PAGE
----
Rosenberg added: “I’m not sure how you manage this because online, it can be anywhere in the world and as long as somebody’s got a way of paying – which is usually the credit card right – it’s really hard to figure out how individual states can manage the situation. But when we were working on the casino bills, we ran out of bandwidth and even though it was being raised at that time all we could do was to urge both the gaming commission and the treasurer to do the research on it and come up with policy recommendations.”

DeLeo also expressed mixed feelings about potential MBTA ads promoting alcohol products during the interview, which aired Sunday morning. While saying “I would rather not see that being done,” he noted the MBTA’s ongoing revenue needs and the prevalence of alcohol ads on TV, online and in newspapers and magazines.

“So I’m not sure quite frankly if it’s going to make a real major dent in stopping people from having alcohol, if you put the ads on,” he said.

Regarding distracted driving, the topic of a recent legislative hearing, DeLeo noted that technology was “a whole lot different” when lawmakers approved a law banning texting while driving and said he’s “open” to hearing from those who are pushing for a ban on handheld devices among drivers in an effort to make the state’s roads safer.

DeLeo said he uses his phone while driving, and said he only feels guilty about doing so if he deviates from his lane. Drivers who use the phone while behind the wheel are able to look ahead, DeLeo said, adding, “If your mind wanders then that’s an issue.”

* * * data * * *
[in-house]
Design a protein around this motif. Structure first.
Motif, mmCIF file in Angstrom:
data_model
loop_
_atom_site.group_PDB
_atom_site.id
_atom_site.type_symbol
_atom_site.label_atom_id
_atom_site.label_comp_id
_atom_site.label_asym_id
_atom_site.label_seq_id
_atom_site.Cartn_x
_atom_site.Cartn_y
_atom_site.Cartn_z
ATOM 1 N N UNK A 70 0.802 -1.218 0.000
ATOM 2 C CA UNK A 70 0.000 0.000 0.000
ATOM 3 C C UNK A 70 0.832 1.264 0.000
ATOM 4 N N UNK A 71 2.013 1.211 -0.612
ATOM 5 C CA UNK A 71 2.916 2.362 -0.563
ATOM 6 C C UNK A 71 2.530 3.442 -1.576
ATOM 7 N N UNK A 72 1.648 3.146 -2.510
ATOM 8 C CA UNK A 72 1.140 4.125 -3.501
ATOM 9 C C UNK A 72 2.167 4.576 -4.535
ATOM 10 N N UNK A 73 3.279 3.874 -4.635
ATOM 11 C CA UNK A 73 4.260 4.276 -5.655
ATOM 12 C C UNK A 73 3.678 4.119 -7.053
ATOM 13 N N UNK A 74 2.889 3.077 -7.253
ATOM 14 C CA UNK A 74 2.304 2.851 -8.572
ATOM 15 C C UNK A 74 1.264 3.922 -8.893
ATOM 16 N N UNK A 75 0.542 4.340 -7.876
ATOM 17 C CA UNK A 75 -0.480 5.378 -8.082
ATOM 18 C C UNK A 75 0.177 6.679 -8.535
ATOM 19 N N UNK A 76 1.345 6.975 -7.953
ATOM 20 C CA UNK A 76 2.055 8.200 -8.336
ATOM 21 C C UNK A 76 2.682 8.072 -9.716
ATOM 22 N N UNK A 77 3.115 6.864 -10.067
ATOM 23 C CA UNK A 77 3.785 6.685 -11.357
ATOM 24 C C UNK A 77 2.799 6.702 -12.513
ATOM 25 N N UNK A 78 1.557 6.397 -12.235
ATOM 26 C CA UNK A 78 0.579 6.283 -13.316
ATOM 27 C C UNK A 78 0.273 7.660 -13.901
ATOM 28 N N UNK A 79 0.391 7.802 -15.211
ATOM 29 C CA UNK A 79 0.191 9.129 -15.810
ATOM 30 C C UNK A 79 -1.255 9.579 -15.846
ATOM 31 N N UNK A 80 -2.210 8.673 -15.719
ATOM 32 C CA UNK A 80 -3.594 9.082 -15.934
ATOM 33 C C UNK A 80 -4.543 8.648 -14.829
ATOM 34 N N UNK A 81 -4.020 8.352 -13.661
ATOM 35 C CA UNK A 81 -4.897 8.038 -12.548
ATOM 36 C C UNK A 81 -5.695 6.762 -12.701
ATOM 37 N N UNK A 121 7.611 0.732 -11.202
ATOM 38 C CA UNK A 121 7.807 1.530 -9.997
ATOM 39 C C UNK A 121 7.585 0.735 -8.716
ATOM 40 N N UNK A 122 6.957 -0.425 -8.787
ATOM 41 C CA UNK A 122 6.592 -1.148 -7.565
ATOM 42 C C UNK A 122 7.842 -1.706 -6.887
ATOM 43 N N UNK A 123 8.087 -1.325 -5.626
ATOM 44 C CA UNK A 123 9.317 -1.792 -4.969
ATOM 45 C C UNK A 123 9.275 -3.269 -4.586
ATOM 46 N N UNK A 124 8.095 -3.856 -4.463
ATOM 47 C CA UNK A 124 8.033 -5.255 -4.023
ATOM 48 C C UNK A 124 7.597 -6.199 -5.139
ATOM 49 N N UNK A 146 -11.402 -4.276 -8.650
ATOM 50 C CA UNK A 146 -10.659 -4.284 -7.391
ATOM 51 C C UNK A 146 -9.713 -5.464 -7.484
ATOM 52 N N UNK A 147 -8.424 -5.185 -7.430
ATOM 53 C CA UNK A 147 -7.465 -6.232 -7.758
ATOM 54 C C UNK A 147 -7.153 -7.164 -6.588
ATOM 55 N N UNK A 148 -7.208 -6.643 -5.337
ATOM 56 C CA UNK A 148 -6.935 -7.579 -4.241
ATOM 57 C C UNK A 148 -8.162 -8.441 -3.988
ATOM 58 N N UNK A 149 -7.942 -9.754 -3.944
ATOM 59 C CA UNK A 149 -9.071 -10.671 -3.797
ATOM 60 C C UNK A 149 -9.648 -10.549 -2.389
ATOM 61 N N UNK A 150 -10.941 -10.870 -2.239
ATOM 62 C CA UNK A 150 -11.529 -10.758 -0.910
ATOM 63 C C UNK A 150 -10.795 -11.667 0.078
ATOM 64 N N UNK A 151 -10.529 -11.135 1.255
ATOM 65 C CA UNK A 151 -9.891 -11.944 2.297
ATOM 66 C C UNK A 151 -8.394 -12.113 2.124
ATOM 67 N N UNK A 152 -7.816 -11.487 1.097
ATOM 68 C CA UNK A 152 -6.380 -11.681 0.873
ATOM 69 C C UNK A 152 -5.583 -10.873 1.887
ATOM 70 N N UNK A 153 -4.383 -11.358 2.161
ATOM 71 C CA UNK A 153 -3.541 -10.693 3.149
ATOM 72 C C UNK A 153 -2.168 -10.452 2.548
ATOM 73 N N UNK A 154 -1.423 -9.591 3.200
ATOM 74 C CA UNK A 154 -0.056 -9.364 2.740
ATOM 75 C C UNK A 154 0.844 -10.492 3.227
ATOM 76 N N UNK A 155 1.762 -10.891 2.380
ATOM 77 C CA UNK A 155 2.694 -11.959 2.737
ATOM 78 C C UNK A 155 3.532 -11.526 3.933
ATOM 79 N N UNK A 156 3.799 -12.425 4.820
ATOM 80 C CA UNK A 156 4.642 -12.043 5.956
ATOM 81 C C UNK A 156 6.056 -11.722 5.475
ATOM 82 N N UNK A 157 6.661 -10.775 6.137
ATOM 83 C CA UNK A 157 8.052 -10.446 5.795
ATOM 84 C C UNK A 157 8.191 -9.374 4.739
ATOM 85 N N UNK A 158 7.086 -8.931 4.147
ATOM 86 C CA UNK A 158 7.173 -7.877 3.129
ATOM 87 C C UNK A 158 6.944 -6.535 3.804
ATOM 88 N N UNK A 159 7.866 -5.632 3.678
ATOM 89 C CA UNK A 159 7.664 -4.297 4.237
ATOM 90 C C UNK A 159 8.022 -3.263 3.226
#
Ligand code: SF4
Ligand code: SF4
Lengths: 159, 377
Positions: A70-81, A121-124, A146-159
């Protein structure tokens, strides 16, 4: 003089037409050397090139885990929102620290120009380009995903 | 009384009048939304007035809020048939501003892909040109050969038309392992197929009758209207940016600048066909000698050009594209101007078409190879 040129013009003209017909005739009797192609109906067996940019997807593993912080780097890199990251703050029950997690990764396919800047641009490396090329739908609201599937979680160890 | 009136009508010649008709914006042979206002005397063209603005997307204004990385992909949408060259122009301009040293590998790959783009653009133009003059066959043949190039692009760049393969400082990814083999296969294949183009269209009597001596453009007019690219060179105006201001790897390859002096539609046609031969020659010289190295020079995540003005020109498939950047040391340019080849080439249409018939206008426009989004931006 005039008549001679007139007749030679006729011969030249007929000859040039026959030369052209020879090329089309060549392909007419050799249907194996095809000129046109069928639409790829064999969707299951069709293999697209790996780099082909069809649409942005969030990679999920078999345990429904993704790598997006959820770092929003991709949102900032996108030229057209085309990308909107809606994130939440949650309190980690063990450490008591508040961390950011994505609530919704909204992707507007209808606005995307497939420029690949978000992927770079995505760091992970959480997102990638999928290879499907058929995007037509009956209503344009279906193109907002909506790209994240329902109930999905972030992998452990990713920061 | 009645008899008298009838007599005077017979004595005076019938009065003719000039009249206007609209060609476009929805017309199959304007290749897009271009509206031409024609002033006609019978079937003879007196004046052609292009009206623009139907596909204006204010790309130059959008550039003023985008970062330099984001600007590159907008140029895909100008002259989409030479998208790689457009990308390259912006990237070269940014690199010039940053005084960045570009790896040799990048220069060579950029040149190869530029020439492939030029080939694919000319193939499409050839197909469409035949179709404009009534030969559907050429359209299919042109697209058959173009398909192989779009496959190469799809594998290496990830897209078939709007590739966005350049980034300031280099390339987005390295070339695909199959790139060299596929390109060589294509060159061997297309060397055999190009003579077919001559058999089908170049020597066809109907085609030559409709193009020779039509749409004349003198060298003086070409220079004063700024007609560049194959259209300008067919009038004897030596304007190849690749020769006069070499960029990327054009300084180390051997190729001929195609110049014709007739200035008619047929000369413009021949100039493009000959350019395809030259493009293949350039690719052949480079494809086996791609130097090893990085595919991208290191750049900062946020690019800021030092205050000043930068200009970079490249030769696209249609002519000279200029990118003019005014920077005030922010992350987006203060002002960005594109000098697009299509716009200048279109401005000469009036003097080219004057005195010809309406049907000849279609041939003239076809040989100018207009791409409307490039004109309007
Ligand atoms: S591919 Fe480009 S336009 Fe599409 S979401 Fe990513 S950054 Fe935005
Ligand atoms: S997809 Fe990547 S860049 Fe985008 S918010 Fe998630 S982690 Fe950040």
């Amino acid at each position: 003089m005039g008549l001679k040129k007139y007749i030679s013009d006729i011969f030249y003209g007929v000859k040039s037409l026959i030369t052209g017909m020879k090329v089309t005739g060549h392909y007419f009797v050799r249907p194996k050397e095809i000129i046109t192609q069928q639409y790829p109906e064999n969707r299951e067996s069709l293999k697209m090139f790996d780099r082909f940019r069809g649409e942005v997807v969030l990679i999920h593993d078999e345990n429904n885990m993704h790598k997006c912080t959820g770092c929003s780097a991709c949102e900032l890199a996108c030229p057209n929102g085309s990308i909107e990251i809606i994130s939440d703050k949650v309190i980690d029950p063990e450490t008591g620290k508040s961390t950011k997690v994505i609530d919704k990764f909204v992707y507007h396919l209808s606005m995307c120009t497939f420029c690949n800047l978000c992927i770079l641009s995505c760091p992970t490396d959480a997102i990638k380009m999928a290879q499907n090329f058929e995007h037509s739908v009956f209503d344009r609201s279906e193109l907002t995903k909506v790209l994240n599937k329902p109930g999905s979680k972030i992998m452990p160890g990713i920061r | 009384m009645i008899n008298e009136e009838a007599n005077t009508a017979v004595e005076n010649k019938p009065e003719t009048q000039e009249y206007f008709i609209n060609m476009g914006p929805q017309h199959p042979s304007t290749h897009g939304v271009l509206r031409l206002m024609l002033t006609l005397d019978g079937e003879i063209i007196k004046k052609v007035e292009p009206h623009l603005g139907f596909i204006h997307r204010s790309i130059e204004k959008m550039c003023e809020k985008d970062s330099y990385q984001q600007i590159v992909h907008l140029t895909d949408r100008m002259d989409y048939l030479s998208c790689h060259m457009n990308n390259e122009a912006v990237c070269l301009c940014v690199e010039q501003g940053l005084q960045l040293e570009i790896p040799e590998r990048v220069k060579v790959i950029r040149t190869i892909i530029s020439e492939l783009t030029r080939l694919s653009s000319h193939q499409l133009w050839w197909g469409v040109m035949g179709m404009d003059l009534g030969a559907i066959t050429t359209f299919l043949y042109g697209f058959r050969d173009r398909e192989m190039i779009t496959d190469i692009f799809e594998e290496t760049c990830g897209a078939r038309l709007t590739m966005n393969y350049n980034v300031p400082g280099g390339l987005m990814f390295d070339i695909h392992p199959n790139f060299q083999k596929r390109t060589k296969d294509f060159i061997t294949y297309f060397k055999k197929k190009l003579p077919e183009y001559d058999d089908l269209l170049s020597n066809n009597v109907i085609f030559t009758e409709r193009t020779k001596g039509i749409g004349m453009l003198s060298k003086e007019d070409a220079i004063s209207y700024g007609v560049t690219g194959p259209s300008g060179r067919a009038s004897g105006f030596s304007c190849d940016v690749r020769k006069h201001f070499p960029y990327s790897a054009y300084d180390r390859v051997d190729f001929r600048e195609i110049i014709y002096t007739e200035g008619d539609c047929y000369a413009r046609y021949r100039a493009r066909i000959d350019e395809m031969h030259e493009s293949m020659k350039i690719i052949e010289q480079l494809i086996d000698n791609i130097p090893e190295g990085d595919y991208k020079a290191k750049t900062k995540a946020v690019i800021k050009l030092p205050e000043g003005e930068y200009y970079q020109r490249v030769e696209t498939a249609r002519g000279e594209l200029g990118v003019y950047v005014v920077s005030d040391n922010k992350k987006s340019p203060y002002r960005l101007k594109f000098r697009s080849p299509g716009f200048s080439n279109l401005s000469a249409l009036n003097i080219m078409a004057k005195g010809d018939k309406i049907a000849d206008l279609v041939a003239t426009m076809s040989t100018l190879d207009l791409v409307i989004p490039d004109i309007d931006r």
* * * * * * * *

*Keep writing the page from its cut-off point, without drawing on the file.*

Transportation Committee Co-chair William Straus of Mattapoisett and Economic Development Committee Co-chair Joseph Wagner of Chicopee have both asked DeLeo recently to sit down with them and talk about advances in hands-free cell phone technology, DeLeo said.

Legislation regulating transportation network companies like Uber and Lyft remains before the Financial Services Committee and DeLeo said he couldn’t predict whether it would pass this year or next year.

He’s been getting updates from committee co-chair Rep. Aaron Michlewitz of Boston. “He tells me it has been a very, very contentious issue,” DeLeo said.

“My feeling is that in terms of Uber that they have to play by some of the rules of the taxi service,” DeLeo said, mentioning checks on driving records and criminal histories and insurance requirements.

“It requires a little more enforcement on Uber,” he said. “On the other hand I will tell you that the people who use Uber just absolutely love it. Just my office … it seems like the younger people seem to be more attuned to it that some of the older people,” said DeLeo, who was first elected to the House in 1991.

DeLeo was also relatively upbeat about the potential for an Indy Car race in South Boston, comparing the potential event to visits from the Tall Ships that have drawn tourist and visitors to the city.

“I think the major question is funding,” he said. “I am told — I’m not sure if this is true — that the folks who live along that area have approved it. I would like to see it happen. I think it would be a big thing for the city. I think it would be a big moneymaker for the city.”

— Written by Michael Norton

Copyright State House News Service